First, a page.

Narmada Samachar: 1 Februrary 2003


All this (and more) news can be accessed via the Press Clippings page at:
The NBA press releases are accessible at:

Archives of Narmada Samachar are accessible at:

Sardar Sarovar

Press Clippings

Coffers empty, but SSP needs Rs 16,500 cr! ;; 20 Jan 2003

Modi seeks higher crude oil royalty ;; 10 Jan 2003

Centre to help Gujarat implement Sardar Sarovar Project ;
Outlook India; 9 Jan 2003

Govt refutes NBA charges on Maheshwar project ;
Central Chronicle; 1 Jan 2003

Expect new power projects during 2003 ;
Central Chronicle; 31 Dec 2003

NBA Press Releases

Adivasi Village of Narmada Valley Achieves Energy Self-Sufficiency; Bilgaon Electrifies itself with 15 KW Micro-Hydel Project ;
NBA Press Release - 22 Jan 2003

Modi plans another genocide! All out to flood Maharashtra, Madhya Pradesh and Gujarat adivasi and non-adivasi villages in the coming monsoon. ;
NBA Press Release - 22 Jan 2003

Other related Press Releases

NAPM joins Protest Against Sea-sand Mining in Kerala Organizations Call For People's Right Over Resources ;
NBA Press Release - 29 Jan 2003

Farmers, Workers and Students in North, Central Kerala Resolve to Resist Unsustainable Development, Privatization and Communalism ;
NBA Press Release - 28 Jan 2003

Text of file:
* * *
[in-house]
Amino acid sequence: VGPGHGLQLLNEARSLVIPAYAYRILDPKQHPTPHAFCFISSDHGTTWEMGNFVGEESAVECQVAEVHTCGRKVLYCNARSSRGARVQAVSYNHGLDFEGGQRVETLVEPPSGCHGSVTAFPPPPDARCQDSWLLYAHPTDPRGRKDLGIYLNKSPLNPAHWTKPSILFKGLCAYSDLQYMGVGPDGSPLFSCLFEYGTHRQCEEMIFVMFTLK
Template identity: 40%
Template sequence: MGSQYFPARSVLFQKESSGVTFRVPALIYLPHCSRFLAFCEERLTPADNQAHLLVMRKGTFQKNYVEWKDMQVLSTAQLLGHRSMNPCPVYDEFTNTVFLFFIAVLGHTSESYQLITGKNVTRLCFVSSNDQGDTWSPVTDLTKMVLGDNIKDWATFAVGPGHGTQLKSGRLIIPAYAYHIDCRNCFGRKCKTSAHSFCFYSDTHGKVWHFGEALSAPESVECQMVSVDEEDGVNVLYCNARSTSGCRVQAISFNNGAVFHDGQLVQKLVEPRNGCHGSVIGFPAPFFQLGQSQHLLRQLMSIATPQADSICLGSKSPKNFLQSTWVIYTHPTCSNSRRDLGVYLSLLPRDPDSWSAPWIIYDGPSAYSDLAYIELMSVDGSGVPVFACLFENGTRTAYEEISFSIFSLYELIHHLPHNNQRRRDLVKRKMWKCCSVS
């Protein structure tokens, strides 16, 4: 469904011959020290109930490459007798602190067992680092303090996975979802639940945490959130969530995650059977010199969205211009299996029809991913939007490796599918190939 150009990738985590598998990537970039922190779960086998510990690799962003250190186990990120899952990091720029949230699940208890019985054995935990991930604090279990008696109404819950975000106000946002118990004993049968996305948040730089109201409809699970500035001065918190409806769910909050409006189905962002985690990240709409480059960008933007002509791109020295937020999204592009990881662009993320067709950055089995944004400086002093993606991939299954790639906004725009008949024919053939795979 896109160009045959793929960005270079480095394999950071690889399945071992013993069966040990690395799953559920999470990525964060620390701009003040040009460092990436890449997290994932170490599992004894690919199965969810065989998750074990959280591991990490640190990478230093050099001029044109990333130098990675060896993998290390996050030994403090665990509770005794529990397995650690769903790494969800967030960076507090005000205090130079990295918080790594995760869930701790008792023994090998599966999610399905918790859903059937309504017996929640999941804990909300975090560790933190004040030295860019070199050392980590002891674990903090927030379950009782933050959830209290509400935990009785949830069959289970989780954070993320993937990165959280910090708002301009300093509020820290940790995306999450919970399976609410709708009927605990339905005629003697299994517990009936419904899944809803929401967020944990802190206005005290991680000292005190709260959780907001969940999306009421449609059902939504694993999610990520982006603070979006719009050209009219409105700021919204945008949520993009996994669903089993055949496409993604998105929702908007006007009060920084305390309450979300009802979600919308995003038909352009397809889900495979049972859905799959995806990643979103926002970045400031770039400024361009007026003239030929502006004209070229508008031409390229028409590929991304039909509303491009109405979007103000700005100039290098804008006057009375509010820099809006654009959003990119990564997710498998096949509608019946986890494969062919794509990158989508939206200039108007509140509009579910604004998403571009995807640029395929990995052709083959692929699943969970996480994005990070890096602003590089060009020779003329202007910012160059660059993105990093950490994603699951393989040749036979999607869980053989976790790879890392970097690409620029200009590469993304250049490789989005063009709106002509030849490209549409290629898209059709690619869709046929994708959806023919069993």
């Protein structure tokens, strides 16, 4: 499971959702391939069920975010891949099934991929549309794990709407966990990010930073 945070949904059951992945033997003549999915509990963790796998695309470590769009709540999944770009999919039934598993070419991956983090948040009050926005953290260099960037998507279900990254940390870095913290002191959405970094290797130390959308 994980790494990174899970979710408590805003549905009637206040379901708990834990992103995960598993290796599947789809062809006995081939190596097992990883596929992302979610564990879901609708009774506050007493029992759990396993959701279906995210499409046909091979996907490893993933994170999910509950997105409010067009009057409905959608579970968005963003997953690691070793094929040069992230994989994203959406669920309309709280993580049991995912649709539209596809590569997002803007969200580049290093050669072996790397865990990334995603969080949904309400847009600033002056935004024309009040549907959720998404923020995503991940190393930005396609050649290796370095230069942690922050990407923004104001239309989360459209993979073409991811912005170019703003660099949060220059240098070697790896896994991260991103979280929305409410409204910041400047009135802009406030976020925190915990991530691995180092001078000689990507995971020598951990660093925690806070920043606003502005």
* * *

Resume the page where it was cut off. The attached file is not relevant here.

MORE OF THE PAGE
National Campaign by Peoples Movements Against Globalization and Communalism Kicked off at Palakkad; Dhadda Returns Padma Bhushan ;
NBA Press Release - 27 Jan 2003

Desh Bachao Desh Banao Abhiyan Save the Nation, Build the Nation Campaign ;
NBA Press Release - 25 Jan 2003

Press Excerpts

Experts raise doubts about river-linking project ;
The Hindu; 30 Jan 2003

... Water management experts have expressed doubts about the Prime Minister, Atal Behari Vajpayee's ambitious project of inter-linking of rivers to solve the problem of regional imbalance of water in the country. ...

7 senior IAS officials transferred ;; 17 Jan 2003

... The state government on Friday issued a notification announcing the transfer of seven senior IAS officials. Officials who have been transferred include principal secretary, revenue department, C.K. Koshy, managing director of Sardar Sarovar Narmada Nigam Ltd. K.C. Kapoor, managing director of the Gujarat State Handloom Development Corporation V.C. Patel, municipal commissioner of Baroda Arvind Aggarwal, among others. ...

Tehri Dam

Release activists ;
Hindustan Times; 27 Jan 2003

... Kaiser Rana and Prithpal Singh Negi of Ramnagar, district Nainital, have been missing since January 20 after they were released on bail at New Tehri by the SDM's court.

They were taken away by Uttaranchal police from outside the court premises. Both are activists of the Uttarakhand Kisan Sangathan which has been working among the people on rehabilitation in the submergence area of the Tehri dam. The charges allow detention up to 24 hours only, yet both were kept for 15 days in custody. ...

Tehri oustees refuse to budge for airport ;
Indian Express; 21 Jan 2003

... After getting displaced from their old homes two decades ago, 90 families of Tehri dam oustees who are again being forced to leave their new homes for expansion of Jollygrant Airport here have refused to oblige the Uttaranchal government. ...

Other Dams

Pak plans to strip PoK 'govt' of all powers ;; 31 Jan 2003